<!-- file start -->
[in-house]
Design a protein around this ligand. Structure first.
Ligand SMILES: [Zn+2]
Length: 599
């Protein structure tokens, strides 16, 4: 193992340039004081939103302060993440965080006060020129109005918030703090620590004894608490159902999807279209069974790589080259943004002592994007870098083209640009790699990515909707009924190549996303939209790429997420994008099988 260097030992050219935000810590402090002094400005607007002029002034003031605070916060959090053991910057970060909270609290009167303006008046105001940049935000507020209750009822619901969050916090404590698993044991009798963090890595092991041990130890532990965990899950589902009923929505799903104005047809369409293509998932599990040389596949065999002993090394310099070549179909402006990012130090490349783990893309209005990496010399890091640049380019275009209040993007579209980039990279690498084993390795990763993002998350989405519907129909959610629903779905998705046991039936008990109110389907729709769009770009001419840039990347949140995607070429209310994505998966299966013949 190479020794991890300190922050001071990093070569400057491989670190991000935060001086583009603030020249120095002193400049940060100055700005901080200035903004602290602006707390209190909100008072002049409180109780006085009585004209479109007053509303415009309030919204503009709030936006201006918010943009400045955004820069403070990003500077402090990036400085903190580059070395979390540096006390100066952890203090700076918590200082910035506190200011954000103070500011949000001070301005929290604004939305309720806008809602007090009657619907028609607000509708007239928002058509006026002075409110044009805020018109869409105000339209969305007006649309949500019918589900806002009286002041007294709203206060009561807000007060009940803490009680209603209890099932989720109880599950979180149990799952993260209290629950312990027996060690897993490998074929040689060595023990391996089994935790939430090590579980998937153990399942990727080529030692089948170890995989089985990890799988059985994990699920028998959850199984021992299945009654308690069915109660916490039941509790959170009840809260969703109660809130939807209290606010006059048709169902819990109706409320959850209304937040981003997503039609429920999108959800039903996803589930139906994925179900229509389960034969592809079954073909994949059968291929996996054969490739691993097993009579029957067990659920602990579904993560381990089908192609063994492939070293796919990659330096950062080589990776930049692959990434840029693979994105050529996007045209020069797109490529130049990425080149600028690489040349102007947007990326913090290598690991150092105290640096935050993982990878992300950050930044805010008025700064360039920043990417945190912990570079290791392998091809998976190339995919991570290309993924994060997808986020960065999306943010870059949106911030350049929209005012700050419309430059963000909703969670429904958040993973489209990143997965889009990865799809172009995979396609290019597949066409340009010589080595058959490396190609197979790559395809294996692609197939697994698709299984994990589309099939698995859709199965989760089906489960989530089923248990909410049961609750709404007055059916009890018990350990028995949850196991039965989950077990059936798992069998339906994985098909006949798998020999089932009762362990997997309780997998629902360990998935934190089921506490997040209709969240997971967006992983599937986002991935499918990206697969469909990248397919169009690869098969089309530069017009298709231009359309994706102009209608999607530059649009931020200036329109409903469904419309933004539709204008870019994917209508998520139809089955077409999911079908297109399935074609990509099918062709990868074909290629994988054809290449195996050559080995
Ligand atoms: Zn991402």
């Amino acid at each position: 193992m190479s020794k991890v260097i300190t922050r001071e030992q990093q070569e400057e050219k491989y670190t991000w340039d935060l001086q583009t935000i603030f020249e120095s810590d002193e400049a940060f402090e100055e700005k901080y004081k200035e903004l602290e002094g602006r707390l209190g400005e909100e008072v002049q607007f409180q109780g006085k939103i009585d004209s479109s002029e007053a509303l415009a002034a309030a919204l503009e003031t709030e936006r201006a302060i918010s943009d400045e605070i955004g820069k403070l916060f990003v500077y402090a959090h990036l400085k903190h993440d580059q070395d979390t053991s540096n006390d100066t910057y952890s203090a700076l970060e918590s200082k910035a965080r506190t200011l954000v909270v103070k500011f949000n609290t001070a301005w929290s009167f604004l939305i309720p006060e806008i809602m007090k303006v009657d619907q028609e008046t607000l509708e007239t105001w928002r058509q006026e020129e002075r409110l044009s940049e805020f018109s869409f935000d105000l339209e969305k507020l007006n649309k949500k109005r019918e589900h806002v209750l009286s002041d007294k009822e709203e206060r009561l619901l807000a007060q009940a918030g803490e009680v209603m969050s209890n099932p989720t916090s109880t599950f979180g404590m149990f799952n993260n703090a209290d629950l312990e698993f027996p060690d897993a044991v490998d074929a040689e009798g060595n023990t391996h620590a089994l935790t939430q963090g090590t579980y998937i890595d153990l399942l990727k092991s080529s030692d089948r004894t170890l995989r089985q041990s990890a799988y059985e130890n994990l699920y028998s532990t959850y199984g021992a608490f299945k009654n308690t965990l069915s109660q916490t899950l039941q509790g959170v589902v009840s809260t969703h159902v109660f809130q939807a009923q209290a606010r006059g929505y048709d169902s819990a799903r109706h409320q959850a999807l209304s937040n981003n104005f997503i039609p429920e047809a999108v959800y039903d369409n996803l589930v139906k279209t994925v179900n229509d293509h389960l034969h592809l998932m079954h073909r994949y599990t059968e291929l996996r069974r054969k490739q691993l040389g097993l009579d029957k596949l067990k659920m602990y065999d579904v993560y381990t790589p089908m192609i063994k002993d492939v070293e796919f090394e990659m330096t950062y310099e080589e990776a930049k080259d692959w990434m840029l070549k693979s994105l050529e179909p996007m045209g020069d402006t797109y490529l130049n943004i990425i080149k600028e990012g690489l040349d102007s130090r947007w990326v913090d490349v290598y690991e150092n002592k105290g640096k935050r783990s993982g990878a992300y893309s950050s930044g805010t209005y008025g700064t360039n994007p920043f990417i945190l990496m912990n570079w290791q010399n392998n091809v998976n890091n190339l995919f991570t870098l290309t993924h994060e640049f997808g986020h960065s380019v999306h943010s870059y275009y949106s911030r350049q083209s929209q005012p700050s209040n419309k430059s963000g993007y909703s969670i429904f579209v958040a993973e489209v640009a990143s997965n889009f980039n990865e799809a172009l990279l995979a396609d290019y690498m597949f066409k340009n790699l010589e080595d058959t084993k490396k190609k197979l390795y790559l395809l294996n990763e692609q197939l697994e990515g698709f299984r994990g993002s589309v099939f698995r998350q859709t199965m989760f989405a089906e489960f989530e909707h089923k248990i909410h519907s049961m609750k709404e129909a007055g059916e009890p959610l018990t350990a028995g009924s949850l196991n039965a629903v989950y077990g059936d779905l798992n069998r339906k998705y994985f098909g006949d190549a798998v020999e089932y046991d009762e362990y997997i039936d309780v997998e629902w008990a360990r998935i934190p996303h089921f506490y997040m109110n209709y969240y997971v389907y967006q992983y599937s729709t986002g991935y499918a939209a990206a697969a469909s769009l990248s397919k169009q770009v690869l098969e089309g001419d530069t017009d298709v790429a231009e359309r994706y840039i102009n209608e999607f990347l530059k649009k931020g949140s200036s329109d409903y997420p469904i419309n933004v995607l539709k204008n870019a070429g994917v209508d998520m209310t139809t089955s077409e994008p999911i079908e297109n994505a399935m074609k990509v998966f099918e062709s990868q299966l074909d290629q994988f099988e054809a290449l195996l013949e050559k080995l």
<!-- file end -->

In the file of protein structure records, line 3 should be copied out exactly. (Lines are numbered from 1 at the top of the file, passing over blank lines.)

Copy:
Ligand SMILES: [Zn+2]